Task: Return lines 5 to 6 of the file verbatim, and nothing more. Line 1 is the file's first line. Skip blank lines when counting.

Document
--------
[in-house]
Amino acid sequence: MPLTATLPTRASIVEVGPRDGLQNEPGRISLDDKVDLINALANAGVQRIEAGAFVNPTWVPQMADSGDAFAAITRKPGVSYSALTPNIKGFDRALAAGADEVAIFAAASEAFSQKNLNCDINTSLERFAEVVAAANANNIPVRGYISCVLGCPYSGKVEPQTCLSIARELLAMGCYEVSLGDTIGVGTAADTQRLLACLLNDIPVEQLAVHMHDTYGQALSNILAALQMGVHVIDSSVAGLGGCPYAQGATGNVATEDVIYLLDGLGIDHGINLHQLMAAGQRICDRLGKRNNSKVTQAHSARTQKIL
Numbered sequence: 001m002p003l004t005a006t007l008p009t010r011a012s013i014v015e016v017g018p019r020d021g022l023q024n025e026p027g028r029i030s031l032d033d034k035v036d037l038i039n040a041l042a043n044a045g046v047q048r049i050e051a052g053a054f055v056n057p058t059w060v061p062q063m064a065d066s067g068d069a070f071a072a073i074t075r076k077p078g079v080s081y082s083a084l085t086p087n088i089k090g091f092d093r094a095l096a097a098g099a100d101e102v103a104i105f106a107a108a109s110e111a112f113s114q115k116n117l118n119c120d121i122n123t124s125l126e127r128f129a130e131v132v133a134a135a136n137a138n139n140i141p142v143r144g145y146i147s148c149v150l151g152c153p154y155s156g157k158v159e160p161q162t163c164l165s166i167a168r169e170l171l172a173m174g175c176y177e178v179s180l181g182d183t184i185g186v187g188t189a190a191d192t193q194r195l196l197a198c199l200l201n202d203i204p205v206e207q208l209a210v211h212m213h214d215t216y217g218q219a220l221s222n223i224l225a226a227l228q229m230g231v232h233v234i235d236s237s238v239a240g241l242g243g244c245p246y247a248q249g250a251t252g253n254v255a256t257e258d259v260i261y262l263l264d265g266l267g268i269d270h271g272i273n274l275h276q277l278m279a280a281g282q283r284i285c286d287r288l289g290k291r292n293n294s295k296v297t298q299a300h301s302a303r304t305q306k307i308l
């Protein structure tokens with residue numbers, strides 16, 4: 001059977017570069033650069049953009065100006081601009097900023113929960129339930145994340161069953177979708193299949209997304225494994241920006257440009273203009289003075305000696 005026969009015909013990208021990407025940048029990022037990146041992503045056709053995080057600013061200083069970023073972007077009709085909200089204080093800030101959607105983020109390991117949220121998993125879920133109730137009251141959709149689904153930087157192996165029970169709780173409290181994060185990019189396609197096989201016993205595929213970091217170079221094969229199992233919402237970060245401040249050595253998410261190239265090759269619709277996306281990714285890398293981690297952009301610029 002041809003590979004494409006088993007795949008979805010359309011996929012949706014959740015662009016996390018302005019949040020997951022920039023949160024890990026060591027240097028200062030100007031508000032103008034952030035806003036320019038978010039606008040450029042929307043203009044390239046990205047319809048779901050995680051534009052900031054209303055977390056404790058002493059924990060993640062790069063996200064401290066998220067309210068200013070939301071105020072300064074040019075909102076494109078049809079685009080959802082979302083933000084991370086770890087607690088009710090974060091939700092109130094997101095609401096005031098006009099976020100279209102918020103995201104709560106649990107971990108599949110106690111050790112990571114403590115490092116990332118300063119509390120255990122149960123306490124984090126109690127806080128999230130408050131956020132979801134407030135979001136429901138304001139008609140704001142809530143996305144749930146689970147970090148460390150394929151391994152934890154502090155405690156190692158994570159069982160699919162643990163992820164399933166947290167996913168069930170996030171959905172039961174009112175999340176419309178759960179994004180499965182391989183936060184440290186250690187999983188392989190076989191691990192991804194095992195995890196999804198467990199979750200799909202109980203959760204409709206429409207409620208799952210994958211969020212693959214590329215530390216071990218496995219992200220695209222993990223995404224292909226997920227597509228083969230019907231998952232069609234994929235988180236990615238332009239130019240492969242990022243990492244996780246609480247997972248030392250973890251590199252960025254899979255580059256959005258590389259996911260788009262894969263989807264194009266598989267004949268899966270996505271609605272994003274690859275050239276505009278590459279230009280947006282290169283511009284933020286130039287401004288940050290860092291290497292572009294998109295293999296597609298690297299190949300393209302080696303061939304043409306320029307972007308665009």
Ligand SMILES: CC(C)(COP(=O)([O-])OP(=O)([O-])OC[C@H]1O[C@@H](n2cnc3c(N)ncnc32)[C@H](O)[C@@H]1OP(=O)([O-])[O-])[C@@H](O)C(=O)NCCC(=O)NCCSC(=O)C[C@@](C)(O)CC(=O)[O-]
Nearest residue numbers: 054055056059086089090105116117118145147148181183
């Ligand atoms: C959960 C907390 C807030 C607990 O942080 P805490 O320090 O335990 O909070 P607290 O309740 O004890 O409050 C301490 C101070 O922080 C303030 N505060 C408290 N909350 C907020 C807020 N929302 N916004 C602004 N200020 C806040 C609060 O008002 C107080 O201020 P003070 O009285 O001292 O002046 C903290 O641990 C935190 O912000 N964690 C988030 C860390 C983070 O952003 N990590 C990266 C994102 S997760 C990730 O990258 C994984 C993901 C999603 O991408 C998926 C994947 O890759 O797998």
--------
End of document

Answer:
Ligand SMILES: CC(C)(COP(=O)([O-])OP(=O)([O-])OC[C@H]1O[C@@H](n2cnc3c(N)ncnc32)[C@H](O)[C@@H]1OP(=O)([O-])[O-])[C@@H](O)C(=O)NCCC(=O)NCCSC(=O)C[C@@](C)(O)CC(=O)[O-]
Nearest residue numbers: 054055056059086089090105116117118145147148181183